Nigeria's President Muhammadu Buhari, Daura in Katsina State, February 15, 2019. REUTERS

Dozens of people have been killed in a wave of violence related to presidential and parliamentary elections in Nigeria.

Iran Press/Iran news: Nearly 39 people were killed in an election violence so far in Nigeria, civil society groups said, as the country awaits the results of voting in what is expected to be its tightest election since the end of military rule in 1999.

The number of deaths reported by Sunday, was below the final death tolls in previous elections in Africa’s most populous country, but in the past most unrest has taken place after results were announced.

Voting took place on Saturday, with some polling stations staying open on Sunday and results not expected for several more days, The Japan Times reported.

A credible and relatively calm poll would open a new chapter in the checkered political history of Nigeria, where nearly six decades of independence have been tarnished by military coups, endemic corruption and secessionist movements.

Nigeria's President Muhammadu Buhari, Daura in Katsina State, February 15, 2019. REUTERS

Around 100 people killed during and after the last election in 2015, according to the International Crisis Group. Four years before that, in the religiously mixed northern city of Kaduna, 800 people were killed in an election violence.

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The Situation Room — which represents more than 70 civil society groups — gave Sunday’s figure of 39 deaths, citing data from Lagos-based consultancy SBM Intelligence.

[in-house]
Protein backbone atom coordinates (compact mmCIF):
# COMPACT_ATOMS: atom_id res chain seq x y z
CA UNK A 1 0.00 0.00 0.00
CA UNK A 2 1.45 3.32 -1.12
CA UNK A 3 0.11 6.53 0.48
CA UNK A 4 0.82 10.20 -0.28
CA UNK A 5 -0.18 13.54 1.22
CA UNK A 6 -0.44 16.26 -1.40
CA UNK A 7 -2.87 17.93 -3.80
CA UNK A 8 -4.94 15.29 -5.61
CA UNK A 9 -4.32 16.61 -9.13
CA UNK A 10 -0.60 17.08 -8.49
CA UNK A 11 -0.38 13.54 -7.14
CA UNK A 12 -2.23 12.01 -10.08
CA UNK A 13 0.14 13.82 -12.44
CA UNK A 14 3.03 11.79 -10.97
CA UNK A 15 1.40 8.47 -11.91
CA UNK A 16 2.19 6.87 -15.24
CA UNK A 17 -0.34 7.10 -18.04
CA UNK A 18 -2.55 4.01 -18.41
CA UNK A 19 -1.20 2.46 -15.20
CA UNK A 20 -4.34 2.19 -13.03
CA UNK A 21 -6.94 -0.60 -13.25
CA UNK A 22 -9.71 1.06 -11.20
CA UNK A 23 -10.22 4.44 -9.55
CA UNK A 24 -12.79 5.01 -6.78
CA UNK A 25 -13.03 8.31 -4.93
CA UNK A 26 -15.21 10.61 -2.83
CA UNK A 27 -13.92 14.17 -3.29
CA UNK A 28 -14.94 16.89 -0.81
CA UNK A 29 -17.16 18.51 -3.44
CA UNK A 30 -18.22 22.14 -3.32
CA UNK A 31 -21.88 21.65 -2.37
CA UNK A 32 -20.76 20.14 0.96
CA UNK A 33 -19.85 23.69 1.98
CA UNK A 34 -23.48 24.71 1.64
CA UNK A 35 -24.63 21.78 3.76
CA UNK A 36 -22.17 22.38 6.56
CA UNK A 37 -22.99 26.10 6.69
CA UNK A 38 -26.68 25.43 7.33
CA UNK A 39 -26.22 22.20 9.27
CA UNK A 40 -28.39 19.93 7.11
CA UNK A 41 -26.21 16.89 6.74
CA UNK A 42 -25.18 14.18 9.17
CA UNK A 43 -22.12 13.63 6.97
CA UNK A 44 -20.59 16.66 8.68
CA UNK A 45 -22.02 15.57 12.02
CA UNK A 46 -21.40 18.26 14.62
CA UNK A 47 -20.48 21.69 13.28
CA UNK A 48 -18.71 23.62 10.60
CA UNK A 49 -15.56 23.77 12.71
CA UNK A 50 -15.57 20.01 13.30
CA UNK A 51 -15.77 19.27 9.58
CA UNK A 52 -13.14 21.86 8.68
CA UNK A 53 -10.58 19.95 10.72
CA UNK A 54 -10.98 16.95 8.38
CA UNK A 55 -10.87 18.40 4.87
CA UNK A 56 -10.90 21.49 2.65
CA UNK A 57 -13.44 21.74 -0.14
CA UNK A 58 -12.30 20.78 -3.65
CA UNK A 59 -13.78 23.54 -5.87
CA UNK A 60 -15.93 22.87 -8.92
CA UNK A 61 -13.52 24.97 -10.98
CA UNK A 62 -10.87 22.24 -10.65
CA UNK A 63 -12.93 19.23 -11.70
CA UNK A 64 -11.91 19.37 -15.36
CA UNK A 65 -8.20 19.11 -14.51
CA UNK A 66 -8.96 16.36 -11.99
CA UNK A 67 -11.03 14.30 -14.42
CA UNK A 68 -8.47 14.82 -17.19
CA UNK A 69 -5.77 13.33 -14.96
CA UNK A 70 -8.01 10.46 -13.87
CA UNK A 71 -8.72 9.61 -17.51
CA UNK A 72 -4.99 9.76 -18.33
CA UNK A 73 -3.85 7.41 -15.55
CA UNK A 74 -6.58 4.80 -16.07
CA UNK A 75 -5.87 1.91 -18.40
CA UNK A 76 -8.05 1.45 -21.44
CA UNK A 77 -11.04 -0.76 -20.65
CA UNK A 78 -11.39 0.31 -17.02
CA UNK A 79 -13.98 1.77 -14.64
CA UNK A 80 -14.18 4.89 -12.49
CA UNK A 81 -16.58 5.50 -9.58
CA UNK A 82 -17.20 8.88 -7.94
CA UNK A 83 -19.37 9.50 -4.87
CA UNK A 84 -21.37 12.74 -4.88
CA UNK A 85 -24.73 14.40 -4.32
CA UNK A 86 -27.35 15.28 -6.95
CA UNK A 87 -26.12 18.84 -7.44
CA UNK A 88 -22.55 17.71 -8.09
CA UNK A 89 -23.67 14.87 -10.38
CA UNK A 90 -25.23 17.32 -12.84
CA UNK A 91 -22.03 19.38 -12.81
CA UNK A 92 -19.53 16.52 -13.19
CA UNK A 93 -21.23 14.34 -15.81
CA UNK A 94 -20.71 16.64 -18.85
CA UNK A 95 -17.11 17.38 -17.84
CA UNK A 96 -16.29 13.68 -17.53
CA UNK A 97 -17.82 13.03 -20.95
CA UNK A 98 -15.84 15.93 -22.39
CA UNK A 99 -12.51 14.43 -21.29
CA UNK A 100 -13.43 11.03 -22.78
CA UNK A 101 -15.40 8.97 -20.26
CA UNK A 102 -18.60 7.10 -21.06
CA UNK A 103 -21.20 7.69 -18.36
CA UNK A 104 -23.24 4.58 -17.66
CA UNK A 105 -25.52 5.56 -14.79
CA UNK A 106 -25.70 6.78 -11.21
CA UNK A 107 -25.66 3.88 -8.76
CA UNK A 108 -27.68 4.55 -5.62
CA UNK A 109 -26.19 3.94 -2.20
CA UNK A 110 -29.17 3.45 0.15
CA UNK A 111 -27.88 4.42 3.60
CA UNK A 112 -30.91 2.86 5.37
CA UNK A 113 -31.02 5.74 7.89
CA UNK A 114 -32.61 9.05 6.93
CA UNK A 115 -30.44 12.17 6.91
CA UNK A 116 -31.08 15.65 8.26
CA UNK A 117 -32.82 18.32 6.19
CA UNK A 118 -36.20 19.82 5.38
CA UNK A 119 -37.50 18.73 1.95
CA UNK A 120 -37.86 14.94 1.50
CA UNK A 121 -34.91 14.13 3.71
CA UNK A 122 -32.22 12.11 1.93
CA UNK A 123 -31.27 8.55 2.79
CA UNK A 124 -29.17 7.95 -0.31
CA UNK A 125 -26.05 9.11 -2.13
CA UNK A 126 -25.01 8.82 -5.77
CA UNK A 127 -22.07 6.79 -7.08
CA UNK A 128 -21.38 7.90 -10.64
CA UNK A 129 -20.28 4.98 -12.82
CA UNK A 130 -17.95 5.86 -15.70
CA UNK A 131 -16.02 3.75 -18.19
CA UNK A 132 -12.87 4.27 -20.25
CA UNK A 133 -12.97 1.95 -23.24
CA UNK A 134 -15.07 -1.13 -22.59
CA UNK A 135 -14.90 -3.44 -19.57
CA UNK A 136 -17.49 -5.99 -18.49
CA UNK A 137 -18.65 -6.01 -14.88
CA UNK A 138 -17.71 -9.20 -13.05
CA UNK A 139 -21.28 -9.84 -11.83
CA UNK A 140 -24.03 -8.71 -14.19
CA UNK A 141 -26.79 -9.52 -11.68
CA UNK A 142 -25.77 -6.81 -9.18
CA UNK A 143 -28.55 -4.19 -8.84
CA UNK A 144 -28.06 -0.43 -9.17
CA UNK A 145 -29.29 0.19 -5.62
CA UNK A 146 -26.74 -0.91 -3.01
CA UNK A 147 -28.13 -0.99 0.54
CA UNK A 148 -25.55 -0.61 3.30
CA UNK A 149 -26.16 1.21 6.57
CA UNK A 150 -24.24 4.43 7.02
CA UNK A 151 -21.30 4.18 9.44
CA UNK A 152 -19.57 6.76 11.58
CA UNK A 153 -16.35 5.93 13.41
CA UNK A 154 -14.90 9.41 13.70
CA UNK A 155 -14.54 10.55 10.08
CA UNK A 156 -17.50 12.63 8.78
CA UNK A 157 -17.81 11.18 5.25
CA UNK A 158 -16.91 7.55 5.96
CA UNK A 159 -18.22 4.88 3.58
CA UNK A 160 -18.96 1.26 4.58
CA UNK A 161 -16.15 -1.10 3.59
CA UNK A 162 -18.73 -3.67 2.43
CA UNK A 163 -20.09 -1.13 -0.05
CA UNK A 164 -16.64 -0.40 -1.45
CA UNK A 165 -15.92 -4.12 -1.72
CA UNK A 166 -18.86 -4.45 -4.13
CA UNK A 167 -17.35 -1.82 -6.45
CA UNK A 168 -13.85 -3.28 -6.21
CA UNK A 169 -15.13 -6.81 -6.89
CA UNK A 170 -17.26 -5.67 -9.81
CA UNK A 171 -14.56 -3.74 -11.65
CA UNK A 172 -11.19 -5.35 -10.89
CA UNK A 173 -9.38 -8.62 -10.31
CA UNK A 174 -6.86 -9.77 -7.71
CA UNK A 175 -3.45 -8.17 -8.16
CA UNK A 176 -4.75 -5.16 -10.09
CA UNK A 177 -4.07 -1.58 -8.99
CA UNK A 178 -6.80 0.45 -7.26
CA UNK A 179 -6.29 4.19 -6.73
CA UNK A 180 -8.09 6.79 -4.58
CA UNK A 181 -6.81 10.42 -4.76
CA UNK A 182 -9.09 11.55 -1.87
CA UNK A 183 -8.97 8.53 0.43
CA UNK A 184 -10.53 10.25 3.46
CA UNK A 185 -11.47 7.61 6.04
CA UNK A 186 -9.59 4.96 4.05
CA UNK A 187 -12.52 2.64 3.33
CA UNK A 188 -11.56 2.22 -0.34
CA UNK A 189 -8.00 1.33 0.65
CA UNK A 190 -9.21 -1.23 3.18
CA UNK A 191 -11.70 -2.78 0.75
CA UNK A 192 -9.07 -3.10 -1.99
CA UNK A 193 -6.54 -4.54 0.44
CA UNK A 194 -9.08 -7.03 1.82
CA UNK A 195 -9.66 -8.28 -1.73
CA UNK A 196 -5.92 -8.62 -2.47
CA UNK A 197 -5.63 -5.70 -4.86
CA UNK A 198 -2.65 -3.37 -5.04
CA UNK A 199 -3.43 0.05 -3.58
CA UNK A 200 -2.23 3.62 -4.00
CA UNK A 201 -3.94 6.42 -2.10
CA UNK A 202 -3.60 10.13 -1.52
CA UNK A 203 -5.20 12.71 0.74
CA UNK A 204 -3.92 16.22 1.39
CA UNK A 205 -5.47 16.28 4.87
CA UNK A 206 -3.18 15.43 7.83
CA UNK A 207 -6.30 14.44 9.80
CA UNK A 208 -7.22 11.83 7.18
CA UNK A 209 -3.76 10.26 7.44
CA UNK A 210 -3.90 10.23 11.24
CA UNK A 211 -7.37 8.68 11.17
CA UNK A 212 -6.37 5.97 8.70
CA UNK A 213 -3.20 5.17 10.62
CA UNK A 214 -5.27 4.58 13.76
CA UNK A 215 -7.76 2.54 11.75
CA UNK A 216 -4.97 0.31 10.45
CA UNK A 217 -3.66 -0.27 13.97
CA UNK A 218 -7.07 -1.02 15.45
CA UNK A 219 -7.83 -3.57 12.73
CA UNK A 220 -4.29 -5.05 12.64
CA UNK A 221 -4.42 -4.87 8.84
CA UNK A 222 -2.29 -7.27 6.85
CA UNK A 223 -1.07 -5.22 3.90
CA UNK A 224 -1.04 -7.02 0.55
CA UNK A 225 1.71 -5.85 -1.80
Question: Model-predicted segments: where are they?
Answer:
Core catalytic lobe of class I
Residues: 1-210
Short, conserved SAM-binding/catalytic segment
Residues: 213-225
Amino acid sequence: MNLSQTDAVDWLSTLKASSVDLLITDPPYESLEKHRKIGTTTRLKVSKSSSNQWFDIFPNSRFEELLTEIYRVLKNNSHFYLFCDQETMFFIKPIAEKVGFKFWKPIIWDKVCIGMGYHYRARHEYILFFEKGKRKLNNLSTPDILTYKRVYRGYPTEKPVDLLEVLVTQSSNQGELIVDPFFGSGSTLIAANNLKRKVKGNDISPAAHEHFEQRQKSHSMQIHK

A spreadsheet provided by SBM Intelligence showed that in one incident, seven people were killed in a shoot-out between Nigerian army troops and a gang in Abonnema, around 14 km (9 miles) west of the main oil industry city of Port Harcourt in the oil hub of Rivers state.

Nigeria's President, Muhammadu Buhari faces a tight election contest in Africa’s largest economy, top oil producer and most populous nation against the main opposition candidate, businessman and former vice president, Atiku Abubakar.

The country’s presidential elections in 2011 and 2015 were also delayed over logistics and security issues.

The decision to delay this year’s vote was criticized by the chairman of the main opposition People’s Democratic Party (PDP).

The president’s ruling All Progressives Congress (APC) party also criticized the electoral commission for the delay.105/201/213


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Soldiers hold a position outside the INEC office as Nigerians await the results of the presidential and legislative election.  REUTERS